The bigger problem I see is - we haven't liquidated any this debt - we haven't de-leveraged! Politicians like to proclaim that our public sector debt is low (however its now exceeding and growing at a faster rate than our peer nations) but forget to mention our private debt levels. They are astronomical compared with other Western Nations. We borrow huge amounts of money from the Russians, the Saudis, the Chinese, or owe it to ourselves and we dig further into debt to buy overpriced assets such as houses in order to fund short term consumption. We kid ourselves into thinking we can do this by becoming a financial centre but in reality it's just a ponzi scheme under the hood. We borrow huge amounts of money, spend this money through the economy, which in turn drives the City of London which packages all this money up and in turn we kid ourselves into thinking we have a sound economy. Of course it will all come crashing down with disastrous consequences. The world will not look kindly on us when we can't pay our way without turning to the printing press.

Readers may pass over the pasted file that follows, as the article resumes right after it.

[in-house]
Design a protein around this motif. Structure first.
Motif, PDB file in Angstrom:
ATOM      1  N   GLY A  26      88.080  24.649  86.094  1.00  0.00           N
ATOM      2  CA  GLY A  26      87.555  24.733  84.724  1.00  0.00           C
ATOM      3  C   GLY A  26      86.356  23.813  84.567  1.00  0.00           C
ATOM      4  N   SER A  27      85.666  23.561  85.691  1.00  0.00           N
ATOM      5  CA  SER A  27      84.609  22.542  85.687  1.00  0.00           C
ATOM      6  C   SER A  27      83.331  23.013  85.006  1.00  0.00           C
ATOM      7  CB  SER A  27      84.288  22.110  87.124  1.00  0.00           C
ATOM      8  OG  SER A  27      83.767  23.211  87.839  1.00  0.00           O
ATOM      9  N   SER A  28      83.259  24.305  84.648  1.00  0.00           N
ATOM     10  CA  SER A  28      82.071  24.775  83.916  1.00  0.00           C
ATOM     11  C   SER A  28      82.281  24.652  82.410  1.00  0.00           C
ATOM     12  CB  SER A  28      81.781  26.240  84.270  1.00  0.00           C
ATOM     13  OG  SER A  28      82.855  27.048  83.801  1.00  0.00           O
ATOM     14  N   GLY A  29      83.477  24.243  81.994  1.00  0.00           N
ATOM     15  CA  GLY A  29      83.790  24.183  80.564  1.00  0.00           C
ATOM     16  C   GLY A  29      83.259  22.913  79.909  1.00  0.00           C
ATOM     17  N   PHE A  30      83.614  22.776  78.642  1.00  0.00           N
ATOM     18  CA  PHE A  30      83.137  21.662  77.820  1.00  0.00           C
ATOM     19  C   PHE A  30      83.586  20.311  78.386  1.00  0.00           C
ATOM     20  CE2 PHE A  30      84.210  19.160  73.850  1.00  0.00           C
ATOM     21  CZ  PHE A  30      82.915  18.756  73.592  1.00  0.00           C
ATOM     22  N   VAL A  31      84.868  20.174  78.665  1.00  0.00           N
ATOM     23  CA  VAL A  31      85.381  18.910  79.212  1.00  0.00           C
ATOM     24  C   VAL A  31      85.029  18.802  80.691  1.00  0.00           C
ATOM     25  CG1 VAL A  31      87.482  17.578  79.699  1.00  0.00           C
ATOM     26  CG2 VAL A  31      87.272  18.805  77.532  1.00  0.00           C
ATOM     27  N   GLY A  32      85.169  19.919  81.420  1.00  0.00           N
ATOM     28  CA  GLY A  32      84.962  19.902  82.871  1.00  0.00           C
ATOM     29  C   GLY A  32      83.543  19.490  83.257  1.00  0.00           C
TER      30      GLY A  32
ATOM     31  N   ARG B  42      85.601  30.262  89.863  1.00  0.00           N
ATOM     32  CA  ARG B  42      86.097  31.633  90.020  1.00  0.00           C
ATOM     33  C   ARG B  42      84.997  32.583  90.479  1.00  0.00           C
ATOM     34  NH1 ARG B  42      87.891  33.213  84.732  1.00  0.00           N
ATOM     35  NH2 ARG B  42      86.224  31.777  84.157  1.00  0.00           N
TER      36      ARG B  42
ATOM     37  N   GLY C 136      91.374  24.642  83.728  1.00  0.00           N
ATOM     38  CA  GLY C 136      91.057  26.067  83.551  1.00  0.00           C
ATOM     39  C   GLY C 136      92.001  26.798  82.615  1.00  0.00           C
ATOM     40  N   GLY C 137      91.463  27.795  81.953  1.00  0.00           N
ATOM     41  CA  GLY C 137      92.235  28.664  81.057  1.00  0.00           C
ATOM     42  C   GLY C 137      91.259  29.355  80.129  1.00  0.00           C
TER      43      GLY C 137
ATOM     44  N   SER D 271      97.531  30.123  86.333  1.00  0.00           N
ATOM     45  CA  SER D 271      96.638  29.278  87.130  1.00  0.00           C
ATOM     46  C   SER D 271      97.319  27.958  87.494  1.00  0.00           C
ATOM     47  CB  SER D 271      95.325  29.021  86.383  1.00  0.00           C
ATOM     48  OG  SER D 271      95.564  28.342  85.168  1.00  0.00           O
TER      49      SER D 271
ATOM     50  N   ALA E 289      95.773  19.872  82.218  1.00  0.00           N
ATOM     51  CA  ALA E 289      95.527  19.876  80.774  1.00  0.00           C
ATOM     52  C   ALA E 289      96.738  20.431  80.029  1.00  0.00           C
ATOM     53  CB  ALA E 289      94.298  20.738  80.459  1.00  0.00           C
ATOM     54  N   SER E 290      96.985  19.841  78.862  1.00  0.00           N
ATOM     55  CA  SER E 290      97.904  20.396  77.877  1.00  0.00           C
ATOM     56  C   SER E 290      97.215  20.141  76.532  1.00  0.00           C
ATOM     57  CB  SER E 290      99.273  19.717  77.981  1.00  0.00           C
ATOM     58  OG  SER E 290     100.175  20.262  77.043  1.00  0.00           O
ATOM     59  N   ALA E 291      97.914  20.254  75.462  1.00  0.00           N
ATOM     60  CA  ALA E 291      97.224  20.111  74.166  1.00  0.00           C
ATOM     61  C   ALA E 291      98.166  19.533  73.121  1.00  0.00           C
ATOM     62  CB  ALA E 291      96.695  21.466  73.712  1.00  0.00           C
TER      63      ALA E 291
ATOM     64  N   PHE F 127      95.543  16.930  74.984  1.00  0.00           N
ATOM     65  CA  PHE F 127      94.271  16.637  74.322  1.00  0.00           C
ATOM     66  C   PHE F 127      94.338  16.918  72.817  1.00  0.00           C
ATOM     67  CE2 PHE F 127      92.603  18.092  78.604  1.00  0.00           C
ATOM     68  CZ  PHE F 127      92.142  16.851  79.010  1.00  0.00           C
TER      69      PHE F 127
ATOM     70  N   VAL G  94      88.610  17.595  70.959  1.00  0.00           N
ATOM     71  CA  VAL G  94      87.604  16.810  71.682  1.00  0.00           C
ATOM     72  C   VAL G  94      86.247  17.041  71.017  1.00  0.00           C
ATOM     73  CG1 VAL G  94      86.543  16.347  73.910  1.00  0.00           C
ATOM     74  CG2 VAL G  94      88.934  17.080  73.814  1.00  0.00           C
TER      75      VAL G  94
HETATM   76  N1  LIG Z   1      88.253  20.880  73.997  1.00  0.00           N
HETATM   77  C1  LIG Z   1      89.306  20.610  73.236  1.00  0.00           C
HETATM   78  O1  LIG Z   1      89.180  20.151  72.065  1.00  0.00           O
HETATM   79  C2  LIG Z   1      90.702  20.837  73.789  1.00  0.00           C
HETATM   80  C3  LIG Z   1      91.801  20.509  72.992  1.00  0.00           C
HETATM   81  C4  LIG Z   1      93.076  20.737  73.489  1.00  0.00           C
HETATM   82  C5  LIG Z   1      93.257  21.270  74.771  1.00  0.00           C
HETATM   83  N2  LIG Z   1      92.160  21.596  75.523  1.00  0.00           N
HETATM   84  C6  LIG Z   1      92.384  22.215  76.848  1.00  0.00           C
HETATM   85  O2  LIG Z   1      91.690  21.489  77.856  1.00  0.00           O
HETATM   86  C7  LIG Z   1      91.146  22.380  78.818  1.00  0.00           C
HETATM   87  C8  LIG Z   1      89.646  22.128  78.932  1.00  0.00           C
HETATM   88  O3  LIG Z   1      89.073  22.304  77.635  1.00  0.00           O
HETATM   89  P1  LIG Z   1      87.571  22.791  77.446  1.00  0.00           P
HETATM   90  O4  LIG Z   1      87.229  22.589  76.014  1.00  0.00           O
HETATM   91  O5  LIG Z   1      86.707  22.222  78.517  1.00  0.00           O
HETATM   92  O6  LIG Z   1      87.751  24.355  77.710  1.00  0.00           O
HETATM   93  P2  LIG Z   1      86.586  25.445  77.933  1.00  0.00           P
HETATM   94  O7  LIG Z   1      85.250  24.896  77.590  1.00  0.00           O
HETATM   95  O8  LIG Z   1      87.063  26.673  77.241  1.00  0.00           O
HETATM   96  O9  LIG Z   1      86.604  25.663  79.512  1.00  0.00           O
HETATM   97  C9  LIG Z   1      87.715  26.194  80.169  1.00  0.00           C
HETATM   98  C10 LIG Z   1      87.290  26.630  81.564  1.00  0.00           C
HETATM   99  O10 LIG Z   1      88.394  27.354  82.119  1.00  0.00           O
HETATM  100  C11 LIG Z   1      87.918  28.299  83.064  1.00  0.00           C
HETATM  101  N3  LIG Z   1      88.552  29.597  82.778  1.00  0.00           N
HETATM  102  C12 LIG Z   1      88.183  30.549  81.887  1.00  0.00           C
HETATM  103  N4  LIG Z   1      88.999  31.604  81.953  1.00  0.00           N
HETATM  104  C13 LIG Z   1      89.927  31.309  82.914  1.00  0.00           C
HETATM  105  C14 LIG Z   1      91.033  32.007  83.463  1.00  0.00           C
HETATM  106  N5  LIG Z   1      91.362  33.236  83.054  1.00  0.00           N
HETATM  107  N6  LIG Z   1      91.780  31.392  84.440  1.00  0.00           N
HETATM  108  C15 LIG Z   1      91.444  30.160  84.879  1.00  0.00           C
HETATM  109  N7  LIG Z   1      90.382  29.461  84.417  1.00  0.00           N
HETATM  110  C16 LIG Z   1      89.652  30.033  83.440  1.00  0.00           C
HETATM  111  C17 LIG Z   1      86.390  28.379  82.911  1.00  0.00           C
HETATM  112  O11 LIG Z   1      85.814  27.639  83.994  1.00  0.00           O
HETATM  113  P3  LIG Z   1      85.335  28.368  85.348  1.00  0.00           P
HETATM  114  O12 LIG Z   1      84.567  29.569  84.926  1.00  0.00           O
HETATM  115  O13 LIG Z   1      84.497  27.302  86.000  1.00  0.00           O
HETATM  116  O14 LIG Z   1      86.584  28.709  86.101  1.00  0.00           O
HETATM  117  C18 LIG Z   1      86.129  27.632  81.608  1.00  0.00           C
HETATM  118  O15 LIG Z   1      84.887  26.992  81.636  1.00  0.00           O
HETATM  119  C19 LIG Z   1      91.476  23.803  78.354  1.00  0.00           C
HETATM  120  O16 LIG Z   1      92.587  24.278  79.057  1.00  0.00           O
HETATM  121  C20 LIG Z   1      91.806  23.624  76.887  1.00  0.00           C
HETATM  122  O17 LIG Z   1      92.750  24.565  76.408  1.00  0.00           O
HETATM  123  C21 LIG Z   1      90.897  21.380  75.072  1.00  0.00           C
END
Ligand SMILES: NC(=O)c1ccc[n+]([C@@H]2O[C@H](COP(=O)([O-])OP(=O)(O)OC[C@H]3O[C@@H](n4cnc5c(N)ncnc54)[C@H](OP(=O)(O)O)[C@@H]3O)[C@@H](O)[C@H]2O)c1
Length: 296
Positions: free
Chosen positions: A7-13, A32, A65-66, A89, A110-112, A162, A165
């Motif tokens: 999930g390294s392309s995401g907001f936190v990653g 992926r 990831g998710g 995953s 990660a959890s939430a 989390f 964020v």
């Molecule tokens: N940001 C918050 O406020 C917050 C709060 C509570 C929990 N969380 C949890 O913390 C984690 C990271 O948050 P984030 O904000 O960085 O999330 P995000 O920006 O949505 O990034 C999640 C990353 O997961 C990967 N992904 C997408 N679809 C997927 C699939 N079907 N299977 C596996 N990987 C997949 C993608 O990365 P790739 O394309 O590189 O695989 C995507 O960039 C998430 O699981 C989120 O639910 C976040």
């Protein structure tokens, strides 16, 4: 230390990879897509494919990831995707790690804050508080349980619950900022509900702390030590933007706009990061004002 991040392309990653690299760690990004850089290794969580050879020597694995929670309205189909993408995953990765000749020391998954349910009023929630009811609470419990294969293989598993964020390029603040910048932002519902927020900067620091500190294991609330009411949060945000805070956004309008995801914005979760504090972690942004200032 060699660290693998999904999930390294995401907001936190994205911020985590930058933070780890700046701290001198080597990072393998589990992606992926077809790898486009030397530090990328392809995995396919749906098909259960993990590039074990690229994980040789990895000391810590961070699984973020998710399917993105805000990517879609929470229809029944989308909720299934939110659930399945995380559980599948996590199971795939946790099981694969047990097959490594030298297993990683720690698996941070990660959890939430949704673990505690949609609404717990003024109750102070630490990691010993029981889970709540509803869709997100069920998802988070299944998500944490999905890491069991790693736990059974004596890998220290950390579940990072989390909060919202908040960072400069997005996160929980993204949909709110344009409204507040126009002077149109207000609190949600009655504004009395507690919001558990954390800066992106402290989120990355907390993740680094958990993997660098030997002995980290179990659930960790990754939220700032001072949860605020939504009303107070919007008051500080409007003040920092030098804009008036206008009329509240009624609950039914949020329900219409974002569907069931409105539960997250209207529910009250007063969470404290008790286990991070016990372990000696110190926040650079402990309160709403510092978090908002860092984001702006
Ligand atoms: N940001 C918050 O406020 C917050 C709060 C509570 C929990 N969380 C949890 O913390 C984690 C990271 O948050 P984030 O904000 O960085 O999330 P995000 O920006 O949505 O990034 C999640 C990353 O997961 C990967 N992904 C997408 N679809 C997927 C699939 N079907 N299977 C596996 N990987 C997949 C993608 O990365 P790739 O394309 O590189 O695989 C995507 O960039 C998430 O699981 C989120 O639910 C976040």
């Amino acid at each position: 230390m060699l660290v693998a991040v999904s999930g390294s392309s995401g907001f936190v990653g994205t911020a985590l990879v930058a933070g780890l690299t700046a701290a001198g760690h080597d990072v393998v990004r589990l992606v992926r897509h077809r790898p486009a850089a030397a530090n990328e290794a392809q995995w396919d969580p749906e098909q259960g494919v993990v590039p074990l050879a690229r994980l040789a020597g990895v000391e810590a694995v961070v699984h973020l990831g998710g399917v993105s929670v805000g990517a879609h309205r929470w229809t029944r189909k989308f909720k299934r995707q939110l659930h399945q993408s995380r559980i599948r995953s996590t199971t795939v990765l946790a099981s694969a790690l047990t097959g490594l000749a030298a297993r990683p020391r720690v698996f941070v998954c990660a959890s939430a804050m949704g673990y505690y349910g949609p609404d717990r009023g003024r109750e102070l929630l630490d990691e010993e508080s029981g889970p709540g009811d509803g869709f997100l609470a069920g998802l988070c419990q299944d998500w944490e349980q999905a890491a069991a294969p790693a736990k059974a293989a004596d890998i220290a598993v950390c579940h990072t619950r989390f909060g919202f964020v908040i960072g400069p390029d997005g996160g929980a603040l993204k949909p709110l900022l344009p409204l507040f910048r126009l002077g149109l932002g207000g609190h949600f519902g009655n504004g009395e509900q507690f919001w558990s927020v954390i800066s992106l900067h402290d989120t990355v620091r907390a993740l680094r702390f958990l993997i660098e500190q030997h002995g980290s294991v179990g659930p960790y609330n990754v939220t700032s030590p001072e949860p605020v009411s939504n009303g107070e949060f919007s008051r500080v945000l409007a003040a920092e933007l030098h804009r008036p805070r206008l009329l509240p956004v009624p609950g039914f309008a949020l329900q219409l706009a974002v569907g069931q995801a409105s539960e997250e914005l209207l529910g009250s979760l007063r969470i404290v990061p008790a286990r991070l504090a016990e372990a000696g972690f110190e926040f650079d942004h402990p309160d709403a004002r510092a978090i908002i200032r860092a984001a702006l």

These private debts are weighing down on the economy and will stagnate growth for many years to come. Unlike other nations who are in the Euro we have our own currency. Worryingly 99.9% of economists seem to think devaluation and money printing are the way out, but this will only compound the troubles. This will in turn drive interest rates ever higher over the long term, ultimately making it harder to service our debts, that the Government are obsessed with not liquidating just like Japan's politicians 20 years ago.